Can the DA survive the illness it caught from the ANC?

The stage bearing DA leader Mmusi Maimane's face at the party's election manifesto launch in Johannesburg.
The stage bearing DA leader Mmusi Maimane's face at the party's election manifesto launch in Johannesburg.

Of late the DA in the Western Cape showed signs of a not-so-mysterious illness.

We've seen before our very eyes the once proud liberation movement, the ANC, turn itself into a lurching zombie, stomping on our country, stealing our money, devouring itself.

How did it get to this?

The short answer is that it suffers from hubris – the political illness that affects the powerful in such a way that it arrogantly believes it can do no wrong and completely forgets about the people it is supposed to serve, which leads it to its eventual doom.

This illness is most commonly contracted when a party is secure in power; leaders become power drunk and the party attracts shysters looking to make a quick buck off government deals and careerists looking to get their snouts in the trough. These power-drunk politicians, shysters and careerists aren’t mutually exclusive, of course.

While years of electoral dominance and a string of shysters and careerists and power drunk leaders proved a very conducive incubator for the hubristic virus now ravaging the ANC, it seems that the second biggest party in the country has also been infected.

It is not a surprise that it reared its ugly head in the Western Cape, where the DA has been in power in the Cape metropole since 2006 and provincially since 2009, and this looks to be the case for the foreseeable future, with the ANC floundering in opposition.

The symptoms of the infection could be seen clearly over the last few weeks.

Cape Town mayor Patricia de Lille seemingly unilaterally disbanded the city's Special Investigations Unit, which is a matter of concern enough. Then in the ensuing spat with mayco member JP Smith allegations of impropriety relating to the security upgrades at De Lille's home made its way into the public realm.

This set in motion a string of events looking like a small-scale, DA-branded version of the ANC's Nkandla debacle.

When ANC leader in the city council Xolani Sotashe tried to bring information relating to the security upgrades to a portfolio committee meeting last Wednesday, he was told it can't be heard. A DA councillor claimed it is sub judice – right out of the ANC parliamentary playbook for dealing with uncomfortable matters.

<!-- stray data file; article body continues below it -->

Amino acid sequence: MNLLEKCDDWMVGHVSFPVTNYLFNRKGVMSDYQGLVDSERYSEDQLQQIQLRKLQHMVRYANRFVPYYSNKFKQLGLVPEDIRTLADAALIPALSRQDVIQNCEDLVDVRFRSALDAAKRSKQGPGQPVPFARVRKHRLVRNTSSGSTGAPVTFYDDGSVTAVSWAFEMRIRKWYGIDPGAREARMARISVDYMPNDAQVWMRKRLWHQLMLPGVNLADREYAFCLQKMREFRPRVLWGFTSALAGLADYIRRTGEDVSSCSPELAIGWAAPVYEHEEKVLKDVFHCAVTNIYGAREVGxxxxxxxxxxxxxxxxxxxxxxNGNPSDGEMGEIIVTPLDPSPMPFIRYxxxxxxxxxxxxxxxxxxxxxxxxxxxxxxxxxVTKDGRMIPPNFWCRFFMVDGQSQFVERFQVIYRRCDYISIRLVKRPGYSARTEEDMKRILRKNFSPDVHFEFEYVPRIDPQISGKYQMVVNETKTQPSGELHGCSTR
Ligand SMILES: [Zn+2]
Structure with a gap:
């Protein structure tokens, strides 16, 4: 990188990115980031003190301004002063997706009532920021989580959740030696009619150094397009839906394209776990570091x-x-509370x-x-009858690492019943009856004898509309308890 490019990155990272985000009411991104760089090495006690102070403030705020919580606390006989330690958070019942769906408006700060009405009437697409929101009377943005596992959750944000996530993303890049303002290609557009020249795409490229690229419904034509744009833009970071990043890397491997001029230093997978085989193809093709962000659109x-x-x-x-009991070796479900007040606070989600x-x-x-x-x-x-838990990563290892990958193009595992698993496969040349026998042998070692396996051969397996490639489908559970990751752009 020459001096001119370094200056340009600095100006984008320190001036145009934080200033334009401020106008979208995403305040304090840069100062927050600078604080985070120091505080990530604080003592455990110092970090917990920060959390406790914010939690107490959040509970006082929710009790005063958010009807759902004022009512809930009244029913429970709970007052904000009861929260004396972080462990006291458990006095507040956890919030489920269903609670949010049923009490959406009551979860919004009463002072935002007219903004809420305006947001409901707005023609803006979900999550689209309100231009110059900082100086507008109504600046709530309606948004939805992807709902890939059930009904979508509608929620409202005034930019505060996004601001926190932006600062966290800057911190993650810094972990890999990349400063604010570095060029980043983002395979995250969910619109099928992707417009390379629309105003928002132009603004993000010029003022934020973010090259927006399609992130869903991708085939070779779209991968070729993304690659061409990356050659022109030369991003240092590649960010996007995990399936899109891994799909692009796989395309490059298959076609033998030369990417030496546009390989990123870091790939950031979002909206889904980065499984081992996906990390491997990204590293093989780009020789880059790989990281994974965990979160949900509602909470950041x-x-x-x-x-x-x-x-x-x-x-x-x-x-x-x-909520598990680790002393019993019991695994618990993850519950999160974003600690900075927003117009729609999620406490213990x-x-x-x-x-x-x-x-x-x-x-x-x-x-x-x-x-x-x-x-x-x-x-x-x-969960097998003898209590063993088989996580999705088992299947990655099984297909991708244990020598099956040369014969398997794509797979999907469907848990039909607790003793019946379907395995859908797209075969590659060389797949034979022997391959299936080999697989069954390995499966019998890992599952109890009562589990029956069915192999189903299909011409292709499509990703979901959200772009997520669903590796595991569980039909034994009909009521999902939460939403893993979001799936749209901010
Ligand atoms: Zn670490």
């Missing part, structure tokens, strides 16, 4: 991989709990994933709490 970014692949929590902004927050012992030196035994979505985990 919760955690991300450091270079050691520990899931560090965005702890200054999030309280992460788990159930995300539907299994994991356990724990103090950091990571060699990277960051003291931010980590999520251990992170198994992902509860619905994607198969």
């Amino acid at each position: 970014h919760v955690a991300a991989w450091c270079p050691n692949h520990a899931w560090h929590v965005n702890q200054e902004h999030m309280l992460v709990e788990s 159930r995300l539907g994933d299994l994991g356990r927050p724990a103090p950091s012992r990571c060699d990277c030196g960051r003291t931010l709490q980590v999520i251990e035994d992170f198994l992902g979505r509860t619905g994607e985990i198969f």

Sotashe then made the information public and went on a site visit to De Lille's home in Pinelands, searching in vain for a firepool. In response city council speaker Dirk Smit derided him for making the information public and said now more security upgrades are needed. Sounds familiar, doesn't it? 

Like a friend said, the only thing needed to complete the Nkandla-pantomime is for De Lille to mock the opposition's pronunciation of Pinelands. Picture her at the podium in City Hall: "Pinelands! Piiiinelands! Piiiiiinelands! He-he-hey!"  

Granted, so far there isn't concrete proof of impropriety by De Lille, but the defensive way the DA handles it is the problem. Especially considering that they are a party who says transparency is important to them, and whose biggest selling point is that they're not the ANC.

Similarly, in the provincial government, when allegations emerged earlier this year that MEC of human settlements Bonginkosi Madikizela's birthday cake was paid for by a provincial government contractor Premier Helen Zille took it upon herself to investigate the matter. No report on the matter was made public. DA MPLs blocked the provincial legislature's conduct committee from getting to the bottom of the matter.

Meanwhile our beautiful city is being shilled off to a bunch of Donald Trump wannabe greedheads putting up tacky "luxury apartments" most Capetonians can’t afford, while many of the city’s inhabitants still live in squalor.